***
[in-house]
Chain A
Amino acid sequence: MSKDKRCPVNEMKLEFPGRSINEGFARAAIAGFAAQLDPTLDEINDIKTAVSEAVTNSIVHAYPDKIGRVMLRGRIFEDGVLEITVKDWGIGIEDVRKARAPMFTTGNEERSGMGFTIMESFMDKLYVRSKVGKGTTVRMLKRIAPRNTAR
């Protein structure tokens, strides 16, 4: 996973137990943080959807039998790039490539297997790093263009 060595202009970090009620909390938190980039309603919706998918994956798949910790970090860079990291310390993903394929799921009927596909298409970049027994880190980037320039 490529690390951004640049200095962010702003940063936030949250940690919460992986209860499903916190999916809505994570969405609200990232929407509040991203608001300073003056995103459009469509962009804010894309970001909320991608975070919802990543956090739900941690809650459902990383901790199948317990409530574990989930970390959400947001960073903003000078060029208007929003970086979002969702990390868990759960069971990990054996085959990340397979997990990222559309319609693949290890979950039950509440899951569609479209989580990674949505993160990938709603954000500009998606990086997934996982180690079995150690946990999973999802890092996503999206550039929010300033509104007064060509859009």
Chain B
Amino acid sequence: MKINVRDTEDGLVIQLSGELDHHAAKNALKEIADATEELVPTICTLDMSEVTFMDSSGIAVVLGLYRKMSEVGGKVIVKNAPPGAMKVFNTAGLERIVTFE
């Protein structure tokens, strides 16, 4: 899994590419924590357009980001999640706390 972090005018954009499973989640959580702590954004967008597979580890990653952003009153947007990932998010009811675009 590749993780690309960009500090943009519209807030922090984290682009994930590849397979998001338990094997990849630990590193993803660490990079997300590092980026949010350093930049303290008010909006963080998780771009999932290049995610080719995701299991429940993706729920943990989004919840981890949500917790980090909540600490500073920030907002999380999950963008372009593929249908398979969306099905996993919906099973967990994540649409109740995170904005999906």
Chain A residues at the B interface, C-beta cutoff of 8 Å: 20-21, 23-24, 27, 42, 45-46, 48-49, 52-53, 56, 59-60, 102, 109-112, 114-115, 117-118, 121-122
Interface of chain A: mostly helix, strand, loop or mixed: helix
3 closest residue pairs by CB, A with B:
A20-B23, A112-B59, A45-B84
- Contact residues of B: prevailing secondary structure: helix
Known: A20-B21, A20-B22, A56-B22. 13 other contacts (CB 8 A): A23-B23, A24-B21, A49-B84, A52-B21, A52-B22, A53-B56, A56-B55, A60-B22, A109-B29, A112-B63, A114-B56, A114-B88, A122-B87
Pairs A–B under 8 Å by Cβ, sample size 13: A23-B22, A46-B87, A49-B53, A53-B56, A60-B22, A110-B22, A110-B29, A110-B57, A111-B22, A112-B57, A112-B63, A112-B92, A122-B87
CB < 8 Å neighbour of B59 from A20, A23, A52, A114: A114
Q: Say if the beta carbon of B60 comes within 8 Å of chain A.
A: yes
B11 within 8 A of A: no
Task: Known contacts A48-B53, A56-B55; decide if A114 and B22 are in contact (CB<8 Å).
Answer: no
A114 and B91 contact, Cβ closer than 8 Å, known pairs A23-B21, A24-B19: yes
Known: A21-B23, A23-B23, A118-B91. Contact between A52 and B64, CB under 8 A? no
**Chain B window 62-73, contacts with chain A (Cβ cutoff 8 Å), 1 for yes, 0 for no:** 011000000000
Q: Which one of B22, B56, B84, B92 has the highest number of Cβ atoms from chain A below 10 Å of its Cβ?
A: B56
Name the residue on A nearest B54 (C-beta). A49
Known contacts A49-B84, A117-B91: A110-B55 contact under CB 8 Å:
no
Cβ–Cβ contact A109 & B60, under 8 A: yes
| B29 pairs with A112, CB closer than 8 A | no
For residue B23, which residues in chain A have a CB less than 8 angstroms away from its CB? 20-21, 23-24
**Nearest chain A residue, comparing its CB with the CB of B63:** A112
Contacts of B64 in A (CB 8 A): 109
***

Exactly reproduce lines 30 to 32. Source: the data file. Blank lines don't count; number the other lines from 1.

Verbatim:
| B29 pairs with A112, CB closer than 8 A | no
For residue B23, which residues in chain A have a CB less than 8 angstroms away from its CB? 20-21, 23-24
**Nearest chain A residue, comparing its CB with the CB of B63:** A112